TORONTO, May 26, 2015 /CNW/ - May is dedicated to celebrating the rich history, achievements and contributions of Canadians of Asian heritage. Established in 2002, Asian Heritage Month has sparked greater appreciation for Asian culture and history, which is an important part of Canadian life. According to 2011 Census data, over 5 million people identify as having Asian origins, which includes West Central Asian and Middle Eastern, South Asian, and East and Southeast Asian.
"Asian Heritage Month means that the work of national institutions such as museums can be combined with the efforts of community champions, academics, historians, libraries and the public sector for a sustained period of time – and with knowledge comes understanding," said CRRF Executive Director, Anita Bromberg.
While Asian Heritage Month is a time for Canadians to celebrate our nation's cultural diversity, numerous reports of racism reveal that we must move beyond celebration to achieve harmonious race relations and inclusion. For instance, a quarter of British Columbians with Asian origins recently reported that they have experienced discrimination as a result of their ethnicity. Also, an anti-immigrant flyer was recently circulated in Brampton.
The CRRF Report on Canadian Values revealed that while most Canadians view multiculturalism as a positive force, they are still uncomfortable with some public expressions of religion. Clearly, as Asian Heritage Month comes to a close and we celebrate our diversity, there is still work to be done in fostering a better understanding of Canadian multiculturalism and in combatting racism.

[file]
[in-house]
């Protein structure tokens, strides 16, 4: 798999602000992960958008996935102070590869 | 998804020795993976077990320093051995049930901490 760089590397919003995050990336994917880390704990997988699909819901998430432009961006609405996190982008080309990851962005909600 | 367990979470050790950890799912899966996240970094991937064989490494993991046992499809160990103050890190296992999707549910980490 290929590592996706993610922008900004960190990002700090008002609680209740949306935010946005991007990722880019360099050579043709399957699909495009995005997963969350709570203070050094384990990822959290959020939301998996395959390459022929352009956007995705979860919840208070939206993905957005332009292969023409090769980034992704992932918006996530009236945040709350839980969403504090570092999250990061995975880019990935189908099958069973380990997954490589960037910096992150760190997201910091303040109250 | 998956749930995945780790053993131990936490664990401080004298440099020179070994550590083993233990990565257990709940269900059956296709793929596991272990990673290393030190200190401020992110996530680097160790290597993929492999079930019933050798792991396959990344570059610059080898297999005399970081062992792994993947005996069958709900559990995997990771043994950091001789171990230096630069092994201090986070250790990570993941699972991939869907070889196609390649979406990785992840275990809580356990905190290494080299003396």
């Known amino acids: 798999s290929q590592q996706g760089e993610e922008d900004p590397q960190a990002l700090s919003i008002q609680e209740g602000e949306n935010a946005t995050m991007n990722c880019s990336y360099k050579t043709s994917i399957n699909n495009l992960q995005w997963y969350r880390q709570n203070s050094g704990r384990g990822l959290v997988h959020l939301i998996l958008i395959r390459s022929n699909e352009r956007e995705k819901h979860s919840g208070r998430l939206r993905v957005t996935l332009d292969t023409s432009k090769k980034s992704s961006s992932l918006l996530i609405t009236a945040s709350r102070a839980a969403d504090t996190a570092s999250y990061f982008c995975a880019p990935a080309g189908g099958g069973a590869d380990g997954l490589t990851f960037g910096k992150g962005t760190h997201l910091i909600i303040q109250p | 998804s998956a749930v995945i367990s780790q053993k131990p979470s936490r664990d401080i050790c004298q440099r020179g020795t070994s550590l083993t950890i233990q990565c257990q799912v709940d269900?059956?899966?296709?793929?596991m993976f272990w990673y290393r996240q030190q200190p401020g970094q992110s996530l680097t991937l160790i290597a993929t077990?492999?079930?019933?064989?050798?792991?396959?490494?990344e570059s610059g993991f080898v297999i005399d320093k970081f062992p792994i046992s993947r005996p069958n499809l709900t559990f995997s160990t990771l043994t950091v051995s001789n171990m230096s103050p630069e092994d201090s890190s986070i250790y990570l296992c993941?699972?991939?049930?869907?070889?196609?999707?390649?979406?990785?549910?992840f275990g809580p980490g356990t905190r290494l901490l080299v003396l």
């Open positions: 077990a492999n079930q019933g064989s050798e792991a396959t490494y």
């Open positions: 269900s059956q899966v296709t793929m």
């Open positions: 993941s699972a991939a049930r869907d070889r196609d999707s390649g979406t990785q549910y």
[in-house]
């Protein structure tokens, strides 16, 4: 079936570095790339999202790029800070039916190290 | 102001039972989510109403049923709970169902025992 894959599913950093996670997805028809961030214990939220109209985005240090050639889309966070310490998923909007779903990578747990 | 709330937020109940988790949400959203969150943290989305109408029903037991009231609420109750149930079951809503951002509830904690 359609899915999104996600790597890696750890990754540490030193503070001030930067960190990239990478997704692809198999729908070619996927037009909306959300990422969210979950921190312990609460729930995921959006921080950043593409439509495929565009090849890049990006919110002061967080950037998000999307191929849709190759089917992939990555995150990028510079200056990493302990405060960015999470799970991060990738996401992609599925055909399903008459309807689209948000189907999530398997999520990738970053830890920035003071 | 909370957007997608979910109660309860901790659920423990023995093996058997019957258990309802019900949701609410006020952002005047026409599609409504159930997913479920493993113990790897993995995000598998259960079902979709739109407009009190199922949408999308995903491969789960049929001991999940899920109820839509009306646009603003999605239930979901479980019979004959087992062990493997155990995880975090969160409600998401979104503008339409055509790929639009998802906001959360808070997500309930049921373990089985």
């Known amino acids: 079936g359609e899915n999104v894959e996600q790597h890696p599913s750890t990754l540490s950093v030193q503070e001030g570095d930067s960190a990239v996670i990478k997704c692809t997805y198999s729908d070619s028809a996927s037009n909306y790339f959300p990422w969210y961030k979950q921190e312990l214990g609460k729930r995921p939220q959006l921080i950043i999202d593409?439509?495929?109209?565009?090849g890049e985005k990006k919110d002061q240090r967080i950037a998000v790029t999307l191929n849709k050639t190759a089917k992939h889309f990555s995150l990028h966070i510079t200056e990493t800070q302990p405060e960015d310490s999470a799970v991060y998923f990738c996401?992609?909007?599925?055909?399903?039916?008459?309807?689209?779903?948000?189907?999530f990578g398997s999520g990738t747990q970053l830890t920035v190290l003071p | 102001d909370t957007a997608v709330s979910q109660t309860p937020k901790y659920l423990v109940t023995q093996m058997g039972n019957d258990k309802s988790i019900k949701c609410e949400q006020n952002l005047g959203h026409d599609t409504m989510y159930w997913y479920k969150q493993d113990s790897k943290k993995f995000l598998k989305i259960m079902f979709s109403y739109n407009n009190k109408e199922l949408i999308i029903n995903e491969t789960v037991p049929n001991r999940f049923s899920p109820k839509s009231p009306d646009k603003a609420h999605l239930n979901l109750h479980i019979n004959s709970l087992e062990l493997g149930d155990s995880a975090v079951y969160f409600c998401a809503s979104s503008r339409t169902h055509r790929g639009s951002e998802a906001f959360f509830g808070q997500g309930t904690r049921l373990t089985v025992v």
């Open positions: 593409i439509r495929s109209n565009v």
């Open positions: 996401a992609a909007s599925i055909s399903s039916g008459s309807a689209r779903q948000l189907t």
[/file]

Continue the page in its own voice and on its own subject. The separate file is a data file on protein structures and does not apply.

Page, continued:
The CRRF's 150 Stories initiative is celebrating Canada's sesquicentennial by publishing one story every week for 150 weeks. This May, we are featuring three stories in recognition of Asian Heritage Month: Sid Ikeda, Fostering unity among Japanese Canadians; Pamela Rebello, Pioneering diversity in Manitoba's arts community; and Betty Lynn, Returning Home to Canada.
This year also marked the first annual Journey to Freedom Day on April 30, commemorating the plight of the Vietnamese 'Boat People' after the fall of Saigon and the end of the Vietnam War, and Canada's compassion for Vietnamese refugees in 1975/76.
"There are many lessons from the past and many important stories to be shared. The CRRF applauds the many initiatives that are telling the stories of all Canadians," said CRRF President Albert Lo. "For example, the extraordinary work being done by Historica Canada and the 100 Year Journey project are truly an inspiration."
SOURCE Canadian Race Relations Foundation
For further information: CRRF Executive Director: Anita Bromberg, 416-508-9033